Rosie Harding

Prof

Accepting PhD Students

PhD projects

Professor Harding is happy to supervise postgraduate research students in any of the following areas:

- Mental Capacity and Disability Law, especially research involving questions of everyday decision-making, dementia, intellectual disability, powers of attorney, advance directives and end of life decision making.
- Gender, Sexuality and Law, particularly issues to do with care, family law, discrimination, equality and human rights.
- Older persons rights, especially research focused on older person’s attitudes to human rights, and the arguments for and against a new international convention on the rights of older persons.

She is especially interested in supervising research involving empirical socio-legal methods. Potential research students are welcome to contact her by email to discuss their research proposals prior to submitting a formal application.

Current PhD Students:
- Alex Cisneros ‘Vulnerability, Deprivation of Liberty and the Liberty Protection Safeguards’
- Magdalena Furgalska ‘Capabilities and Supported Decision-Making in Mental Health Law’ (ESRC Funded)
- Dhanishka Seneviratne ‘Vulnerability, Relationality, and Disability-Selective Abortions: Assessing the effects of responsive state action in the conflict between disability rights and reproductive choice’ (ESRC Funded)
- Sumaiyah Kholwadia ‘Legal and Policy Barriers Impeding Muslim Women's Right to Spiritual Equality’ (AHRC funded)
- Chloe Waterman ‘Legal Decision-Making in Dementia: A Conversation Analytic Study’ (ESRC Funded)

20042022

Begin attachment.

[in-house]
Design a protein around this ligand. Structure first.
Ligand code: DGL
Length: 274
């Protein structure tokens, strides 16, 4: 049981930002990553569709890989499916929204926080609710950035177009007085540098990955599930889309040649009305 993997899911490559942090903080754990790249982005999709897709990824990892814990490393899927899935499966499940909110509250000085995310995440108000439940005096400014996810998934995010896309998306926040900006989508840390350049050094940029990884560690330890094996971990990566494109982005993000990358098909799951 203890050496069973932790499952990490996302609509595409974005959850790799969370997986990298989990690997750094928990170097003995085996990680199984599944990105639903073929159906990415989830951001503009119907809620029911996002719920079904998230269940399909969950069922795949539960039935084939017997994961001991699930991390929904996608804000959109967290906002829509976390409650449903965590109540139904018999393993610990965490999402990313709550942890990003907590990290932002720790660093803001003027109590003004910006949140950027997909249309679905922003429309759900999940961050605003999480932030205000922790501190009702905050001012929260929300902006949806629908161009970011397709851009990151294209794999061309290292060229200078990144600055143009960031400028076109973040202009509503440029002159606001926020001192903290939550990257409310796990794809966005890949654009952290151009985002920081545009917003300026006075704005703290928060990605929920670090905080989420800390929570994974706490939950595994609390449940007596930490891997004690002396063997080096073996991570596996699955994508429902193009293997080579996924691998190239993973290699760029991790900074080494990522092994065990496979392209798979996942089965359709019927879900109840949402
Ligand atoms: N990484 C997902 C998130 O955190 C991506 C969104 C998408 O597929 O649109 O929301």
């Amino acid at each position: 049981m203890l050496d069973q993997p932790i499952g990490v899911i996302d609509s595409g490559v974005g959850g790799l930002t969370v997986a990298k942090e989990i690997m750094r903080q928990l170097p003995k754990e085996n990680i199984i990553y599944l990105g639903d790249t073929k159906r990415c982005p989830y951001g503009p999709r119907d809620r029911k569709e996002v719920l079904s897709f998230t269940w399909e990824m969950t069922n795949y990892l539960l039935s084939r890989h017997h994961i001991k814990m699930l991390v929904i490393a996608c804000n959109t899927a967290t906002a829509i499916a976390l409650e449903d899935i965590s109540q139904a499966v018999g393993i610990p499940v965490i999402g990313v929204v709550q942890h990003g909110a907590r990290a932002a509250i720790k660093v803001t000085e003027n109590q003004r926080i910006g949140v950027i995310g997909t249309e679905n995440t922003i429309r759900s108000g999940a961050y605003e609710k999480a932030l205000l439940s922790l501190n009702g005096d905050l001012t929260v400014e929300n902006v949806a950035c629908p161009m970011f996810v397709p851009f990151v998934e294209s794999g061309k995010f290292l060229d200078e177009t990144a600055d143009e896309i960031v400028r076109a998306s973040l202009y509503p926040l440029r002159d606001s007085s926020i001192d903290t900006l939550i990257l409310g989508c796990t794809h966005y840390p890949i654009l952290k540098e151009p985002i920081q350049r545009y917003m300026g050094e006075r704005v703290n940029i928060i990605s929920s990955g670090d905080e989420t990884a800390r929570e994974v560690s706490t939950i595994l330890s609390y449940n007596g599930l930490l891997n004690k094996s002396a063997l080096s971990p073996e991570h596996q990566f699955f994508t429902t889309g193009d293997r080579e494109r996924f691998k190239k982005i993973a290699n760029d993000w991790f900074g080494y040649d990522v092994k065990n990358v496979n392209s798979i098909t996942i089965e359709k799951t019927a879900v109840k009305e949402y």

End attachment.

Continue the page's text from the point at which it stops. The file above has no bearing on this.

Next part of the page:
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Personal profile

Biography

Professor Harding completed her LLB at the University of Edinburgh, her LLM at Keele and her PhD at the University of Kent. Prior to joining Birmingham Law School in 2012, she taught at Keele Law School from 2004-2012. She has held visiting positions at Lund University (Sweden), University of Adelaide (Australia), Flinders University (Australia) and the University of Edinburgh.

Professor Harding is a Fellow of the ESRC Peer Review College, and also regularly reviews proposals for other national and international funding bodies. She is also a member of the Society of Legal Scholars, a Fellow of the Higher Education Academy and a Fellow of the Academy of Social Sciences. Professor Harding was a member of the SLSA executive committee from 2013-2022, serving as Vice Chair from 2015-2017, and Chair from 2017-2022. 

Professor Harding has undertaken many academic leadership roles, including: Acting Head of School (2014-15); Director of Research (2015-2016); Deputy Director of Research (2012 – 2014); Head of Postgraduate Research (2012-2014); PGT Director (2011-12). She has reviewed for over 30 peer-reviewed journals, including leading journals in socio-legal studies, healthcare law, and gender, sexuality and law. She is general editor of a new book series published by Bristol University Press: Law, Society, Policy. 

In 2017, Professor Harding was awarded a Philip Leverhulme Prize for Law, and is currently focused on undertaking research supported by this prize.